Claims and time limits: late claims
Under IHTA84/S8B(3)(b), an officer of Revenue & Customs has the discretion to admit a late claim.
The most common example is likely to be where there is a dispute which must be settled before the identity of the personal representatives will be known. If the dispute means that a claim cannot be made within the two year period, there is already a statutory extension to that period of three months beginning with the date the personal representatives first act as such (IHTM43007). But where this is still insufficient time for the recently identified personal representatives to make their claim, you may admit a claim outside this three month period where the personal representatives can show that they or their agents have been actively pursuing matters since the Court decision.
You may admit a late claim in the following circumstances.
An event beyond the claimant’s control
In general, we will accept a late claim if the claimant can show that an event beyond their control prevented them from making their claim within the permitted period. If the claimant was able to manage the rest of their private or business affairs during the period in question, we are unlikely to accept that they were genuinely prevented from making the claim on time. Examples of situations that we may consider as an event beyond the claimant’s control include those where
- the claim was posted in good time but an unforeseen event disrupted the normal postal service and led to the loss or delay of the claim,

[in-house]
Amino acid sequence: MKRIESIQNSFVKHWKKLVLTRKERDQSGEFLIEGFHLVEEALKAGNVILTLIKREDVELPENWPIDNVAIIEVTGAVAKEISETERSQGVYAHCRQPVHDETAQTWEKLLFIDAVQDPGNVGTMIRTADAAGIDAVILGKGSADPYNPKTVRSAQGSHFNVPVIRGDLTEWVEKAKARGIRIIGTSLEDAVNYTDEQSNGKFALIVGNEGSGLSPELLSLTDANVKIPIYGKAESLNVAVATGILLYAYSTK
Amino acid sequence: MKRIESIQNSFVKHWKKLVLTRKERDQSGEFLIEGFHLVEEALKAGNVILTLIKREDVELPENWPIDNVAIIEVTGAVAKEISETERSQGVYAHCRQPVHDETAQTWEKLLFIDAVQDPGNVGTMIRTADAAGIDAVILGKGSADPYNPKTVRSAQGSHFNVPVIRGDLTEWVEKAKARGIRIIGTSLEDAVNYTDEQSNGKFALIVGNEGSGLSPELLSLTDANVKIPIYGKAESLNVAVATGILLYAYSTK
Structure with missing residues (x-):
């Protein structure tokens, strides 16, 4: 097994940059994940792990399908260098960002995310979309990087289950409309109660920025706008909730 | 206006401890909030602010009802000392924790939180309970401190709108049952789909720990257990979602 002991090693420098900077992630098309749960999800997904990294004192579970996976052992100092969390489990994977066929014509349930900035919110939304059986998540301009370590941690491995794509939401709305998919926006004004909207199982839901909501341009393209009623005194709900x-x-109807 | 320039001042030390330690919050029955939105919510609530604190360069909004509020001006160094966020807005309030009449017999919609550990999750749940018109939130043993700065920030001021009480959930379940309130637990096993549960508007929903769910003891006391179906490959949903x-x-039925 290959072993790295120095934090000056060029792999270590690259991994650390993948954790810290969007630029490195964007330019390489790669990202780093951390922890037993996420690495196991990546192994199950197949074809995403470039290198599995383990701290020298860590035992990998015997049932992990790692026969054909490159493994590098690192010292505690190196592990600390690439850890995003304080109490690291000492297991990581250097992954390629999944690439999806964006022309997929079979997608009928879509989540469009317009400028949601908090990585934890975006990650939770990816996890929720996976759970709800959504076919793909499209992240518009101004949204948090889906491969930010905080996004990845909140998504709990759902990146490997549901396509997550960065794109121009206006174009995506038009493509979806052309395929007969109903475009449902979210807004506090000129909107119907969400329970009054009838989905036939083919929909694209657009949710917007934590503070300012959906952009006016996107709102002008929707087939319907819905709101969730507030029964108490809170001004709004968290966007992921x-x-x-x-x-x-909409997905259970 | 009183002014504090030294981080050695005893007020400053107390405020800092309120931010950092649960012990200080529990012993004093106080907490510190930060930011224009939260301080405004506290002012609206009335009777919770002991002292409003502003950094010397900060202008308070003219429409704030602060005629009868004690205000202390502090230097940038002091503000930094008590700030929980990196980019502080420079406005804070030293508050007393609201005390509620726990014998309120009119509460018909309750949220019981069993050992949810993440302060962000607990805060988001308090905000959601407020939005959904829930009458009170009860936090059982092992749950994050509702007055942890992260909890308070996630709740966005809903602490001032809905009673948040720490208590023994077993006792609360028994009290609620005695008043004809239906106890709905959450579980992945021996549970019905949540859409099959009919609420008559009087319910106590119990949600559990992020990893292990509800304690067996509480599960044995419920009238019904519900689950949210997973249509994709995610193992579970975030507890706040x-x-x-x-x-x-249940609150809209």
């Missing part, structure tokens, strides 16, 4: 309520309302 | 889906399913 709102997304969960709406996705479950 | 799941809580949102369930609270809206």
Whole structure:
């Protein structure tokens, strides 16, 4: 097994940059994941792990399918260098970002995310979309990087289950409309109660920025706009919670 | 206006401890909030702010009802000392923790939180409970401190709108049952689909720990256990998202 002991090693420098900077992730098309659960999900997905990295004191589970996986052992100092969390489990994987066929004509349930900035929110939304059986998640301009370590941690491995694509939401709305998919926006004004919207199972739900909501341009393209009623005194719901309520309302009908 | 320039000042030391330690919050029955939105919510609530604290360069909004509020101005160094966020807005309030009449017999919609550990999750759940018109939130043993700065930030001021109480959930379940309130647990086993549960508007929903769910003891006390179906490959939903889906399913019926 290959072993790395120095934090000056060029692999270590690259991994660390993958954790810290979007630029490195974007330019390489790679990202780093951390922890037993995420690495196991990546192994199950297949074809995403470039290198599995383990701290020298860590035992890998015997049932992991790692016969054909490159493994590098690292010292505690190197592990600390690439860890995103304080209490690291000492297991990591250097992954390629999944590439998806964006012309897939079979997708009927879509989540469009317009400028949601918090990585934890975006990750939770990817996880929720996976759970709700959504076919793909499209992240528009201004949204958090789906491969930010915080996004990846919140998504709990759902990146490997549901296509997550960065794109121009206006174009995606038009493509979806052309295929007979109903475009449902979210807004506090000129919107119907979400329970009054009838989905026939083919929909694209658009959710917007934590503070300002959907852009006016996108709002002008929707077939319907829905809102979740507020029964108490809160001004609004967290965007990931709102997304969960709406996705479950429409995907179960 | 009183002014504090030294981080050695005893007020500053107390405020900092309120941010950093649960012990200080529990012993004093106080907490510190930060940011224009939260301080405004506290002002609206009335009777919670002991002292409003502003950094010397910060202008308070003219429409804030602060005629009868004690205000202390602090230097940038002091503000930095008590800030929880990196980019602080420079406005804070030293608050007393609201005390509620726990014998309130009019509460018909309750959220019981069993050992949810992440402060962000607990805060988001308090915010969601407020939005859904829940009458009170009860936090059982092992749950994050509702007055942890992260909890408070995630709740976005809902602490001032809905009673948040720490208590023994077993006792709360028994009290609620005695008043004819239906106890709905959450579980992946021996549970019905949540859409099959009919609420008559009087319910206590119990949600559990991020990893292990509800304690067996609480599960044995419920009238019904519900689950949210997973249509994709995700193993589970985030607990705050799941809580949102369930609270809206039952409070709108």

- the records necessary to make the claim were lost through fire, flood or theft and the records required to make the claim could not be replaced in time for it to be made within the permitted period,
- the claimant was so seriously ill that they were prevented from dealing with the claim within the permitted period and from that date to the time the claim was made. If an illness involves a lengthy stay in hospital or convalescence, the claimant is expected to have made arrangements for completing and making the claim on time. But there may be circumstances where this is not possible and we may accept these as a valid reason,
- the serious illness of a close relative or partner will be regarded as a valid reason for a delay in claiming, but only if the situation took up a great deal of the claimant’s time and attention during the period from the end of the permitted period to the date the claim was made, and steps had already been taken to make the claim on time,
- a close relative or partner died shortly before the end of the permitted period and the necessary steps had already been taken to make the claim on time.
There may be cases where, looking at all the circumstances, we will accept a late claim even where the claimant cannot show that the reasons for the late claim were beyond their control. Essentially, this will be where the claimant can show that they were unaware – and could not reasonably have been aware – that they were entitled to make the claim.
It is likely that such cases will involve a number of relevant factors. The claimant or their agent should make the late claim and provide a full explanation of the factors that they wish to be taken into account.
In all cases where a late claim is made, you should refer the case to your manager to ensure that late claims are dealt with consistently.